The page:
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The Aspergillus giganteus antifungal protein AFPNN5353 activates the cell wall integrity pathway and perturbs calcium homeostasis

Ulrike Binder15, Mojca Bencina23, Andrea Eigentler1, Vera Meyer4 and Florentine Marx1*

Author affiliations

1 Biocenter, Division of Molecular Biology, Innsbruck Medical University, Fritz-Pregl Strasse 3, Innsbruck, A-6020, Austria

2 Department of Biotechnology, National Institute of Chemistry, Hajdrihova 19, Ljubljana, SI-1000, Slovenia

3 Excellent NMR, Future Innovation for Sustainable Technologies Centre of Excellence, Hajdrihova 19, Ljubljana, SI-1000, Slovenia

4 Department of Applied and Molecular Microbiology, Institute of Biotechnology, Berlin University of Technology, Gustav-Meyer-Allee 25, Berlin, D-13355, Germany

5 Department of Hygiene, Microbiology and Social Medicine, Innsbruck Medical University, Fritz-Pregl Strasse 3, Innsbruck, A-6020, Austria

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Citation and License

BMC Microbiology 2011, 11:209  doi:10.1186/1471-2180-11-209

Published: 23 September 2011



The antifungal protein AFPNN5353 is a defensin-like protein of Aspergillus giganteus. It belongs to a group of secretory proteins with low molecular mass, cationic character and a high content of cysteine residues. The protein inhibits the germination and growth of filamentous ascomycetes, including important human and plant pathogens and the model organsims Aspergillus nidulans and Aspergillus niger.


We determined an AFPNN5353 hypersensitive phenotype of non-functional A. nidulans mutants in the protein kinase C (Pkc)/mitogen-activated protein kinase (Mpk) signalling pathway and the induction of the α-glucan synthase A (agsA) promoter in a transgenic A. niger strain which point at the activation of the cell wall integrity pathway (CWIP) and the remodelling of the cell wall in response to AFPNN5353. The activation of the CWIP by AFPNN5353, however, operates independently from RhoA which is the central regulator of CWIP signal transduction in fungi.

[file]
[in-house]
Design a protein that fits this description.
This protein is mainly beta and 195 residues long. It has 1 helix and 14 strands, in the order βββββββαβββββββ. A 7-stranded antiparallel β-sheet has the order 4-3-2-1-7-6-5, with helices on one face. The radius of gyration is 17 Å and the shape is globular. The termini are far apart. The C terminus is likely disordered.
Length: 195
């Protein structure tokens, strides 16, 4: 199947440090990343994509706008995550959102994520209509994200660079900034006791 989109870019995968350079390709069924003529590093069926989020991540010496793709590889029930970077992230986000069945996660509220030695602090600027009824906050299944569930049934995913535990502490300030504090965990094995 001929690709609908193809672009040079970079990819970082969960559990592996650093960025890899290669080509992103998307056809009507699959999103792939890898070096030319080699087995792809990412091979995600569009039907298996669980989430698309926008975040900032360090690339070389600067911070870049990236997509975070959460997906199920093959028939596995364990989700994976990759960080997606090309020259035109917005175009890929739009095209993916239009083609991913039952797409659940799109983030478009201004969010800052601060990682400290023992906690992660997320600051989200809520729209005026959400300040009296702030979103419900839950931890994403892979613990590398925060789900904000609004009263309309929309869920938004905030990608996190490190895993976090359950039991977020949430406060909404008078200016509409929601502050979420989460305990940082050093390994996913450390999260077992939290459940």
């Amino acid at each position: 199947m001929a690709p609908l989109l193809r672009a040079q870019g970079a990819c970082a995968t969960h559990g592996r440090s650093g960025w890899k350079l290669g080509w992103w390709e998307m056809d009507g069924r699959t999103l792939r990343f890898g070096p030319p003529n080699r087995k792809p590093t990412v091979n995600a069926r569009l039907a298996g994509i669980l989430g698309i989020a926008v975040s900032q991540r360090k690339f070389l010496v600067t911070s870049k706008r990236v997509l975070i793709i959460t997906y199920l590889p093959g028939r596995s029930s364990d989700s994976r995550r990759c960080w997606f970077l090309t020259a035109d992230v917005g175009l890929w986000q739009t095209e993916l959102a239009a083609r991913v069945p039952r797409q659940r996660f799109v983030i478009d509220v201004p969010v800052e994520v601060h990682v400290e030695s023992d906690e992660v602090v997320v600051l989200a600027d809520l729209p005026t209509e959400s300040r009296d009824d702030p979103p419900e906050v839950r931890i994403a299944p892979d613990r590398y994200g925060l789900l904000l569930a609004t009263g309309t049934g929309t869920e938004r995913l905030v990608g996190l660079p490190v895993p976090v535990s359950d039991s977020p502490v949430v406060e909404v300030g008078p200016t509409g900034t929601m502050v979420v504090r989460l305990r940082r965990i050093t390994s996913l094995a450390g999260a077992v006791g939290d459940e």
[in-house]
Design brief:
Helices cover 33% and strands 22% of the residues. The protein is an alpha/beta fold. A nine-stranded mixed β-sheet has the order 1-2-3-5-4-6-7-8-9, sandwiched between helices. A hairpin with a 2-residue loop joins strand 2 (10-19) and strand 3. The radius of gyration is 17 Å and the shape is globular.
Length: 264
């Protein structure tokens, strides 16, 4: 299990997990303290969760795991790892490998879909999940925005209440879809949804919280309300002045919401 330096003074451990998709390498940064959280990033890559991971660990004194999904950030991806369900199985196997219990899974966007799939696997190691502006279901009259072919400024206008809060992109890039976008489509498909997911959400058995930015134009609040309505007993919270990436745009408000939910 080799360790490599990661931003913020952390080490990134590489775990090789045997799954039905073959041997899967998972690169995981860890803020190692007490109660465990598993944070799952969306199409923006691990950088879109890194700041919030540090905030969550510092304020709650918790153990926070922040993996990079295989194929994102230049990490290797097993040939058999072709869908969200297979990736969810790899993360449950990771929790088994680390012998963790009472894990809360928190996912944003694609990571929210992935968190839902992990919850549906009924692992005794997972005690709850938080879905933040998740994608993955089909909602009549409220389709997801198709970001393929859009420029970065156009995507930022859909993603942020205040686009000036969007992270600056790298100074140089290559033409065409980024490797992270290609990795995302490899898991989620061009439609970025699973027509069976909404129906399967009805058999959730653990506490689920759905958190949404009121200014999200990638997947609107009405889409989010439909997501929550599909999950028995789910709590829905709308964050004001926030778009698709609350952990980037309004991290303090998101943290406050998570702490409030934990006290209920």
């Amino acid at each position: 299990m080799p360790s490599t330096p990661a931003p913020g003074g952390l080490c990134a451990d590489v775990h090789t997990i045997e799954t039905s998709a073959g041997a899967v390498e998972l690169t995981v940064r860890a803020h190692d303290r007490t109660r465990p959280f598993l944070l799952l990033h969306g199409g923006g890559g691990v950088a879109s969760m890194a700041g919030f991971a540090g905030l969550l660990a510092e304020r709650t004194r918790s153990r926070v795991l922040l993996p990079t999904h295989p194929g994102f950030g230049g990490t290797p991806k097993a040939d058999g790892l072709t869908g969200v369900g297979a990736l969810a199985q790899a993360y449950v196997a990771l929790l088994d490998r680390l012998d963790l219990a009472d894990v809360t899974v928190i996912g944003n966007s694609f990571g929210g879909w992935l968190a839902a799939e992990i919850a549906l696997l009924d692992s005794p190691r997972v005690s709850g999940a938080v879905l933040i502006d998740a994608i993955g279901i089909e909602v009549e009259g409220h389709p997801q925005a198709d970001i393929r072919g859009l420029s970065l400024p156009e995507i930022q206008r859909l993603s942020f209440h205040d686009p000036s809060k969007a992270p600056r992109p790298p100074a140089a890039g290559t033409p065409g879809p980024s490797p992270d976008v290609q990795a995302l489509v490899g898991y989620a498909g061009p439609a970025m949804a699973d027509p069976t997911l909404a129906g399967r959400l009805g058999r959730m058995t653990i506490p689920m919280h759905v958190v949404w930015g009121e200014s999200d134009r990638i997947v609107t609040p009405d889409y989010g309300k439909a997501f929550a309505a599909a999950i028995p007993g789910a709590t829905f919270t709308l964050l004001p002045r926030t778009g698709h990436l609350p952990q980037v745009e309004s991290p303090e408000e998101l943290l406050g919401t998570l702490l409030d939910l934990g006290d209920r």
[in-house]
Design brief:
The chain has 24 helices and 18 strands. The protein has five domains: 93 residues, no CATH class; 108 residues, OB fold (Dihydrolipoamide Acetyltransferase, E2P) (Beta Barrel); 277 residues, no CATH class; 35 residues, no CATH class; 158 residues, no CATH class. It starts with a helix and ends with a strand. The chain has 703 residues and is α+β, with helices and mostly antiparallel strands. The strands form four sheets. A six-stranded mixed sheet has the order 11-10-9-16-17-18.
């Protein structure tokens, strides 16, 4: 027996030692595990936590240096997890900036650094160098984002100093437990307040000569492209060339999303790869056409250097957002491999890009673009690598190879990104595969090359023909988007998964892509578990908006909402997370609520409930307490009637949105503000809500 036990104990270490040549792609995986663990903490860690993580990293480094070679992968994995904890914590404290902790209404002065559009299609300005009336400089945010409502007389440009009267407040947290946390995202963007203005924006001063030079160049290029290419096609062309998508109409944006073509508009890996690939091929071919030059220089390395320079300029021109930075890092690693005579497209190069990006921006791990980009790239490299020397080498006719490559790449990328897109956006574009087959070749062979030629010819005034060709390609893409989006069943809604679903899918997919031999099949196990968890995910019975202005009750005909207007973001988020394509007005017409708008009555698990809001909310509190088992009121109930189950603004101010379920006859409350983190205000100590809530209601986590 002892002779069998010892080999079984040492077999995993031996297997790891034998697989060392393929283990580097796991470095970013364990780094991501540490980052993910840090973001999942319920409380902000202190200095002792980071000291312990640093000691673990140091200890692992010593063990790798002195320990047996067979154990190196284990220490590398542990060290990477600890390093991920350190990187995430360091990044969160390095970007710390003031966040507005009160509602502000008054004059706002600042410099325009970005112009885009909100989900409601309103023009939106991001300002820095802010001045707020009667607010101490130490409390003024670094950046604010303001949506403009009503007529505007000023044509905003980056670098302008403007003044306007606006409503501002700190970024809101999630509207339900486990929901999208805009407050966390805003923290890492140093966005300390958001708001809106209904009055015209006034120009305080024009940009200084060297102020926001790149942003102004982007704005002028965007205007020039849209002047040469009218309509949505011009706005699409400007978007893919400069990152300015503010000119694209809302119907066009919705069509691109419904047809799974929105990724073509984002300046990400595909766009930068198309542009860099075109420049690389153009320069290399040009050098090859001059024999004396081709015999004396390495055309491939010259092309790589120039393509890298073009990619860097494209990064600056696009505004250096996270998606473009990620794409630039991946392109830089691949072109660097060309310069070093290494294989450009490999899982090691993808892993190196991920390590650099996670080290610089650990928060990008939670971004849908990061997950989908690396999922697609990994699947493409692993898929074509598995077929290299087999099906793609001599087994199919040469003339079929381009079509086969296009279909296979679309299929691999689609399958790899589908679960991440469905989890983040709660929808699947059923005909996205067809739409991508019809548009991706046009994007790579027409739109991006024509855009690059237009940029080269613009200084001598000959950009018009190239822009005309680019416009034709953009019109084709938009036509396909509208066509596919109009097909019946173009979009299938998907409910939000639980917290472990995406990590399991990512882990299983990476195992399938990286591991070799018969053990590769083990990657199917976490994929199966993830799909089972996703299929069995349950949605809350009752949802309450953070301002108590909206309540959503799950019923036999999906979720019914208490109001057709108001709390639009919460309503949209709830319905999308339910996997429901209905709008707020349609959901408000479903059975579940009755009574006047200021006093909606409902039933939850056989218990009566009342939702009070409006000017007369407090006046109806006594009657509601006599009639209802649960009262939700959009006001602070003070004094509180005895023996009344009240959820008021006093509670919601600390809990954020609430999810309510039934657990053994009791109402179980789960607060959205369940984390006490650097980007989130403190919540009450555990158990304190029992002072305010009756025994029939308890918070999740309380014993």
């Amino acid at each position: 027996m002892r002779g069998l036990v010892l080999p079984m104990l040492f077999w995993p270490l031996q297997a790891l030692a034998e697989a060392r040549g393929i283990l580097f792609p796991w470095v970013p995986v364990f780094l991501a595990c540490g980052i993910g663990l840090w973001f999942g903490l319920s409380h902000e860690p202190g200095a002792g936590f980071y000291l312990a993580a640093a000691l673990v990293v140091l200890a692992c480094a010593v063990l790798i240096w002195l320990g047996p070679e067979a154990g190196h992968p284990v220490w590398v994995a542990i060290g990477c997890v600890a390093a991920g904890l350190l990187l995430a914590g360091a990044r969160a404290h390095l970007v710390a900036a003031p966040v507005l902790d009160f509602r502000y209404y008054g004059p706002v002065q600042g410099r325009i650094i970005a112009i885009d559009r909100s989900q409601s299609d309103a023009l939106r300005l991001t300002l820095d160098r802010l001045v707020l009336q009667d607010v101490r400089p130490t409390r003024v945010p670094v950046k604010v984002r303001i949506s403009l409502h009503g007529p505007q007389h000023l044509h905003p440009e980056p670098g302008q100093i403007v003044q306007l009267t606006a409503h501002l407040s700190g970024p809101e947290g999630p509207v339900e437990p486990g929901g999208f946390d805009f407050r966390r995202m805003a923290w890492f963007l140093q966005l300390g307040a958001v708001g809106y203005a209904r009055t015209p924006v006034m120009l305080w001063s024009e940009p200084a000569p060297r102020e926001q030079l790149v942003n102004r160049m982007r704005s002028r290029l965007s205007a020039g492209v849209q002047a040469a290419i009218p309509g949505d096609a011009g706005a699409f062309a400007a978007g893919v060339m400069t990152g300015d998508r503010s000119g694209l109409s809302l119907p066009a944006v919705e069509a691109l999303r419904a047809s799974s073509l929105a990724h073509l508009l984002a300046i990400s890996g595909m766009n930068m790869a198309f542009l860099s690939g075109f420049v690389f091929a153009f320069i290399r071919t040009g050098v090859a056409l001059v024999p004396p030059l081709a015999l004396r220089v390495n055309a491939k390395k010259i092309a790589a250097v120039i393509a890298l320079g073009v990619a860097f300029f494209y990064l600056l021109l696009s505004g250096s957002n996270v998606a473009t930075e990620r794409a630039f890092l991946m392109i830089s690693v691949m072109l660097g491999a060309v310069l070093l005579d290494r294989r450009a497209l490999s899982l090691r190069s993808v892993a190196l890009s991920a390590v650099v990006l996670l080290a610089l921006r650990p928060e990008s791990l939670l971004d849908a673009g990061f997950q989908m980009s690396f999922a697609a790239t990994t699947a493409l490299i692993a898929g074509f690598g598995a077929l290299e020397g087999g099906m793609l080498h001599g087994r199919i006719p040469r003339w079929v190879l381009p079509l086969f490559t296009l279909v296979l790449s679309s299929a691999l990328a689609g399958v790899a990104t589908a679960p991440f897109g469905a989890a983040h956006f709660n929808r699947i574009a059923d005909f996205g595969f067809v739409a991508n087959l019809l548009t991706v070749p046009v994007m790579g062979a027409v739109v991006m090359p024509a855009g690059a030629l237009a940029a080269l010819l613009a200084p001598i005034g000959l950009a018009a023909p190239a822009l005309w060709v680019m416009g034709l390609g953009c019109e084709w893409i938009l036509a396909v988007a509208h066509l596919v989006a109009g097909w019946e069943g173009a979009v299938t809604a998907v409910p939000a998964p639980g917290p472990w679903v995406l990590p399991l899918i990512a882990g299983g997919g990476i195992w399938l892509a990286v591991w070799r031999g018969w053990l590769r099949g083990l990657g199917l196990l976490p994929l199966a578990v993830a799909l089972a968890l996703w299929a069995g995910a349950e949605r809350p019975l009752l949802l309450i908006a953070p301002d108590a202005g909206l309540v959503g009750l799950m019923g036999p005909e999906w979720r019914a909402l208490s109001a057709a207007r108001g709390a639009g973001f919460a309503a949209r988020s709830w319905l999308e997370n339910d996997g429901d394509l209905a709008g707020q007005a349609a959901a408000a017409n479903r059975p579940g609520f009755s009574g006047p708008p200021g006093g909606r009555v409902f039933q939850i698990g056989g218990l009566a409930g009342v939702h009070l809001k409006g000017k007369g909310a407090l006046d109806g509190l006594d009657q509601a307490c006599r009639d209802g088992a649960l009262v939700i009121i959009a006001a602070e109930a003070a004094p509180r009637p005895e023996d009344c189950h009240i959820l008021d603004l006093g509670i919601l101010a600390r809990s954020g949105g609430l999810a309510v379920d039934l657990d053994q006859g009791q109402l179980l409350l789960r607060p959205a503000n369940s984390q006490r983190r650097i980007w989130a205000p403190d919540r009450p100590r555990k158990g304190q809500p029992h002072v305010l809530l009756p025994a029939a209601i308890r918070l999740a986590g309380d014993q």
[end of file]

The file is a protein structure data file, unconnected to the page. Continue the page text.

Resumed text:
Furthermore, we provide evidence that calcium (Ca2+) signalling plays an important role in the mechanistic function of this antifungal protein. AFPNN5353 increased about 2-fold the cytosolic free Ca2+ ([Ca2+]c) of a transgenic A. niger strain expressing codon optimized aequorin. Supplementation of the growth medium with CaCl2 counteracted AFPNN5353 toxicity, ameliorated the perturbation of the [Ca2+]c resting level and prevented protein uptake into Aspergillus sp. cells.


The present study contributes new insights into the molecular mechanisms of action of the A. giganteus antifungal protein AFPNN5353. We identified its antifungal activity, initiated the investigation of pathways that determine protein toxicity, namely the CWIP and the Ca2+ signalling cascade, and studied in detail the cellular uptake mechanism in sensitive target fungi. This knowledge contributes to define new potential targets for the development of novel antifungal strategies to prevent and combat infections of filamentous fungi which have severe negative impact in medicine and agriculture.